Last night, in the dining room at of the “Legacy Village” memory-care facility, where my mother, who has Alzheimer’s Disease, moved in on Monday, I sat with her at the dining table. She gave me a big smile. “I love it here. Can I live here for the rest of my life?”
Two weeks before, we’d visited the place. “I’m going away on sabbatical, Mom. I want you to look at this place as a possibility for you to stay while I’m away. It’s near Allison, who can visit you.” (Allison is my ex-wife and dear friend who continues to love my mother.) Mom yelled and screamed at me in the car as we drove, demanding I turn around. It was the nightmare scenario I had feared. But I stayed calm, and we kept going. When we arrived, she wouldn’t get out of the car. The director, a wonderfully caring, patient, and empathetic woman came out and talked to her, and within five or ten minutes Mom was touring the place with her. She liked it. They discussed where Mom’s Steinway grand might go.
On the trip home, and over the next week, Mom was adamant that she wasn’t going to move there. “I’m staying in my house.” She just needed me to get her five months of food and someone to visit her once in a while. Meanwhile, Mom had been hiding eggs and mayonnaise and lunch meat in her bathroom, so that her live-in caretaker wouldn’t “steal” it. She didn’t believe those things needed refrigeration. She’d go through her caretaker’s things, lock her in the basement, tell her she had to move out immediately, then later that she could stay for ever. They were “sisters” one day, enemies the next. The caretaker got another job and moved out. I’d moved back in.
Something had to give. The time had come. I’ll stay with her through Christmas, I decided after some agonizing, and then we’ll make the move.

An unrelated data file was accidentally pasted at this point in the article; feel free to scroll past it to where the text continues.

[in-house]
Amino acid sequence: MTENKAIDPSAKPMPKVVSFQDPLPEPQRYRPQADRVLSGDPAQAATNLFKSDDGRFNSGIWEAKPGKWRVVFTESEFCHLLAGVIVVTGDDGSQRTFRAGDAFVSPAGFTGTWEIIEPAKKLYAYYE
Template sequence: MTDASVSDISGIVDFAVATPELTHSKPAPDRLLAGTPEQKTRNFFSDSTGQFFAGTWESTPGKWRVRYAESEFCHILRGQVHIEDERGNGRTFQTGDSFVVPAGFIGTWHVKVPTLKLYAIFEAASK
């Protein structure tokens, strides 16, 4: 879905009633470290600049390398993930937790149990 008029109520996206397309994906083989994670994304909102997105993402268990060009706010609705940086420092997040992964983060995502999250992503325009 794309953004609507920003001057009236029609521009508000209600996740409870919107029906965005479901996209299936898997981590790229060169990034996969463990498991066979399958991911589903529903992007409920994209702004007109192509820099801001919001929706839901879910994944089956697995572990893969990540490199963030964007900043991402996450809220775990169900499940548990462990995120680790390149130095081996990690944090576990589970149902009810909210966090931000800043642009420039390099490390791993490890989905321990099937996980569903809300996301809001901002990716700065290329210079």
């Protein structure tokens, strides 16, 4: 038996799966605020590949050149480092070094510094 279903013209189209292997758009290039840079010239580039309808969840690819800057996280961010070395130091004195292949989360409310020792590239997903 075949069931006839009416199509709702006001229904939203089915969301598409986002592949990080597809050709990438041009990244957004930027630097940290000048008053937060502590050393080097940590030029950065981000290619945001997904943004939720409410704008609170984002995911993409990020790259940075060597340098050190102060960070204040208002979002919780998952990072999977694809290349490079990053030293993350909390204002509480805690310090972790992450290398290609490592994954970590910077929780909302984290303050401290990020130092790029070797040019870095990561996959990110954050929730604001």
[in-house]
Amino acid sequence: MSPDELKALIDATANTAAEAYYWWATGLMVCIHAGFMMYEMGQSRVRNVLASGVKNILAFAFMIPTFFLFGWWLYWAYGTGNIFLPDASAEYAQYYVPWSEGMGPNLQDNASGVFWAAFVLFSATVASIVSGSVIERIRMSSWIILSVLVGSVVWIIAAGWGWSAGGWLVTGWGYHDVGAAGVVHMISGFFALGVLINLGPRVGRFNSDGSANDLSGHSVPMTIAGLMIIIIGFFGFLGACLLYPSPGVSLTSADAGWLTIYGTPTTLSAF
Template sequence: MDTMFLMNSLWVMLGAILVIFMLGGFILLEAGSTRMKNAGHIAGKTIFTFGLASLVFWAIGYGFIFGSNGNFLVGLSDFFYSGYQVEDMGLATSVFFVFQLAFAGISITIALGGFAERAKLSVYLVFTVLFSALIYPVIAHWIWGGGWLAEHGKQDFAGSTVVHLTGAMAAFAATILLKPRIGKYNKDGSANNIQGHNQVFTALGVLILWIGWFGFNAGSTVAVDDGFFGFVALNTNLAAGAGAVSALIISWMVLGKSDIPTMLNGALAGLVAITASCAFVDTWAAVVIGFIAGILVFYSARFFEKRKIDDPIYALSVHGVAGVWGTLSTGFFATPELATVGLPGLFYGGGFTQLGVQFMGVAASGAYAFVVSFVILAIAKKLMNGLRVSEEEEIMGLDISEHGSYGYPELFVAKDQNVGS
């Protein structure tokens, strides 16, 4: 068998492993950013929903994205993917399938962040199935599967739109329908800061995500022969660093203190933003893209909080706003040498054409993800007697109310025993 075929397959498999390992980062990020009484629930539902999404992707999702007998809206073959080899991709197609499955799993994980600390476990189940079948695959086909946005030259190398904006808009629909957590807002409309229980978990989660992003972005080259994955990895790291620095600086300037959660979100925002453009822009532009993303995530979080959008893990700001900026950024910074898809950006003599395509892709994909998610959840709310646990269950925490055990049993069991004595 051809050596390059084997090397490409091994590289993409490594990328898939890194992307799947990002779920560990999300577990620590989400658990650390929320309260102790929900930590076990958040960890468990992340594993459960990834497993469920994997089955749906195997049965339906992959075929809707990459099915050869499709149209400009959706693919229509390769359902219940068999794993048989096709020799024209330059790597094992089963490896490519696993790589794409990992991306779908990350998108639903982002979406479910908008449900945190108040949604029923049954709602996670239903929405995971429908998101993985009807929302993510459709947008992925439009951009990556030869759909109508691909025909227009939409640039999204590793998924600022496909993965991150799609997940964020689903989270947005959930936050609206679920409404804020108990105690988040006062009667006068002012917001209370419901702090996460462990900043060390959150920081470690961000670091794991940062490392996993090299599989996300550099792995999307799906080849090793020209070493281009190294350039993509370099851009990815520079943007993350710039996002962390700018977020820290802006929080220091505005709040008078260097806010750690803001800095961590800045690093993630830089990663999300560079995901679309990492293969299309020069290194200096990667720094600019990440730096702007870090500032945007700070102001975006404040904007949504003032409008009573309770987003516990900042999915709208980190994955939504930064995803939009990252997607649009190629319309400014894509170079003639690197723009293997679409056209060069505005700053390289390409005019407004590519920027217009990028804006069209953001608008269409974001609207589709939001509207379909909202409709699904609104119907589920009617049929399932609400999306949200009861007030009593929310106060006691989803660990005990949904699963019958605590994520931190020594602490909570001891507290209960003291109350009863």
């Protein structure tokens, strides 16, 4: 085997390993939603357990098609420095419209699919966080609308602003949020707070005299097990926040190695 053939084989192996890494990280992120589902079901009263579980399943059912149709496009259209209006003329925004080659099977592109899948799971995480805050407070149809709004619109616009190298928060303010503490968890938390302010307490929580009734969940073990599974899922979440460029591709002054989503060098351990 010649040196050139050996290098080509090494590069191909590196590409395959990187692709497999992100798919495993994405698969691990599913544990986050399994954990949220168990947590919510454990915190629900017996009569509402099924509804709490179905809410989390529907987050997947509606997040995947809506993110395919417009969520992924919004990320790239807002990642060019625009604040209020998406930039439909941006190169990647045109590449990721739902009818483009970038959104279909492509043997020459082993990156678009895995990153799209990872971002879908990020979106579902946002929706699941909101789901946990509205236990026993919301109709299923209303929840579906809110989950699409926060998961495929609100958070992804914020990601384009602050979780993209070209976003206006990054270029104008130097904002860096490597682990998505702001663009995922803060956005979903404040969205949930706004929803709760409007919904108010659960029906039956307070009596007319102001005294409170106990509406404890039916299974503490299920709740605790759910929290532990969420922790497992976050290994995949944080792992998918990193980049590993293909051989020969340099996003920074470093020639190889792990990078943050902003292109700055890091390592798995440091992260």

Tuesday last week, Mom was obsessed with the idea that furniture that had belonged to the caretaker was actually Mom’s, and that the caretaker’s “new husband” (a male friend who helped her move), had robbed Mom. She kept demanding that I call the police. I had to go out for a while, so I called the police to let them know that my mother might be calling them herself and explained the situation. And sure enough, she did.
Wednesday (a week ago), Mom had an appointment with her neurologist, who told her that with me going away, it was time for her to live somewhere safer than alone in her house. Mom became incensed, stormed out, and tried to get me to go with her. She went to the waiting room, came back to get me after a couple of minutes, then went back to the waiting room when I wouldn’t budge. The doctor and I agreed that given her emotional state and other behaviors, it wasn’t really safe (for her or me) to take her home. So the doctor arranged for her to be hospitalized in a senior adult mental health inpatient unit at a nearby hospital.
Mom went ballistic when she realized we weren’t visiting a friend in the hospital but she was staying. But by the next day, she’d relaxed, and over the weekend had decided she loved it there. She loved the staff, the other patients, and the activities. The food was great, and the bed “delicious to sleep in” (she laughed at calling the bed “delicious”). Her neurologist was astounded by the shift.
Monday she was transferred to the memory-care place, the best I could find. A lovely place with a caring staff, excellent activities, and a room where Mom’s piano–which means so much to her–can go. I’d set up her room with some photos, toiletries, and clothes before she arrived (they didn’t want me there when she got there). Then I went over to Allison’s and cried.
Last night I visited. So far, she loves it. We rearranged the furniture in her room (I’m sure she’ll rearrange it many times). We visited the room where the piano will go four or five times.
We sat on the couch in her room. “I want to live here the rest of my life.” She was relaxed and happy. “Is there enough money?”
“Yes, Mom. And even if there wasn’t, Christine [my sister] and I would belp.”
“You know, Mom, I’m kind of surprised. When we visited here before, you didn’t want to move here.”
“I know, honey. I was afraid.” (And so was I.) “But I love it here. And I wouldn’t be here if you hadn’t arranged it. Thank you so much.”
Well, there’s my Christmas miracle right there.